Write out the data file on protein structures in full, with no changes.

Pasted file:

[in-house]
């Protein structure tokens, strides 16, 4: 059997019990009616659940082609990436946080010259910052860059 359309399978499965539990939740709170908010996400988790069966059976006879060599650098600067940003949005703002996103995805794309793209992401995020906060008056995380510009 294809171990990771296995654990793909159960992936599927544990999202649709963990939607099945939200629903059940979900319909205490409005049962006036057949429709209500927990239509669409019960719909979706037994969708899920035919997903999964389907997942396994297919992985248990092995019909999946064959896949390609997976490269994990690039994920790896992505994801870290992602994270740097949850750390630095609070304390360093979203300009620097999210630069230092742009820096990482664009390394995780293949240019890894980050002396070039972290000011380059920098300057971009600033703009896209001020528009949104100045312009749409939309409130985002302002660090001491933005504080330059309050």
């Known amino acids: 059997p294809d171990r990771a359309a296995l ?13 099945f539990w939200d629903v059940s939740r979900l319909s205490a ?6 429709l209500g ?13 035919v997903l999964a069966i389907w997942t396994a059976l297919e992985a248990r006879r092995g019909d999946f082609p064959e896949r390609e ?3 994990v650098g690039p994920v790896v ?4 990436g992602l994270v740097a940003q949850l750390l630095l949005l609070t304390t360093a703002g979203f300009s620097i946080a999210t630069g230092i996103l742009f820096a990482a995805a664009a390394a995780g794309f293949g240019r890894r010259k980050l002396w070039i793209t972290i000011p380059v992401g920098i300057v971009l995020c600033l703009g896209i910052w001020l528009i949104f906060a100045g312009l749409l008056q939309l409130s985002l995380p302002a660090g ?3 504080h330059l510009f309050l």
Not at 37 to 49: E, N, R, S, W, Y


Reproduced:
[in-house]
């Protein structure tokens, strides 16, 4: 059997019990009616659940082609990436946080010259910052860059 359309399978499965539990939740709170908010996400988790069966059976006879060599650098600067940003949005703002996103995805794309793209992401995020906060008056995380510009 294809171990990771296995654990793909159960992936599927544990999202649709963990939607099945939200629903059940979900319909205490409005049962006036057949429709209500927990239509669409019960719909979706037994969708899920035919997903999964389907997942396994297919992985248990092995019909999946064959896949390609997976490269994990690039994920790896992505994801870290992602994270740097949850750390630095609070304390360093979203300009620097999210630069230092742009820096990482664009390394995780293949240019890894980050002396070039972290000011380059920098300057971009600033703009896209001020528009949104100045312009749409939309409130985002302002660090001491933005504080330059309050």
């Known amino acids: 059997p294809d171990r990771a359309a296995l ?13 099945f539990w939200d629903v059940s939740r979900l319909s205490a ?6 429709l209500g ?13 035919v997903l999964a069966i389907w997942t396994a059976l297919e992985a248990r006879r092995g019909d999946f082609p064959e896949r390609e ?3 994990v650098g690039p994920v790896v ?4 990436g992602l994270v740097a940003q949850l750390l630095l949005l609070t304390t360093a703002g979203f300009s620097i946080a999210t630069g230092i996103l742009f820096a990482a995805a664009a390394a995780g794309f293949g240019r890894r010259k980050l002396w070039i793209t972290i000011p380059v992401g920098i300057v971009l995020c600033l703009g896209i910052w001020l528009i949104f906060a100045g312009l749409l008056q939309l409130s985002l995380p302002a660090g ?3 504080h330059l510009f309050l």
Not at 37 to 49: E, N, R, S, W, Y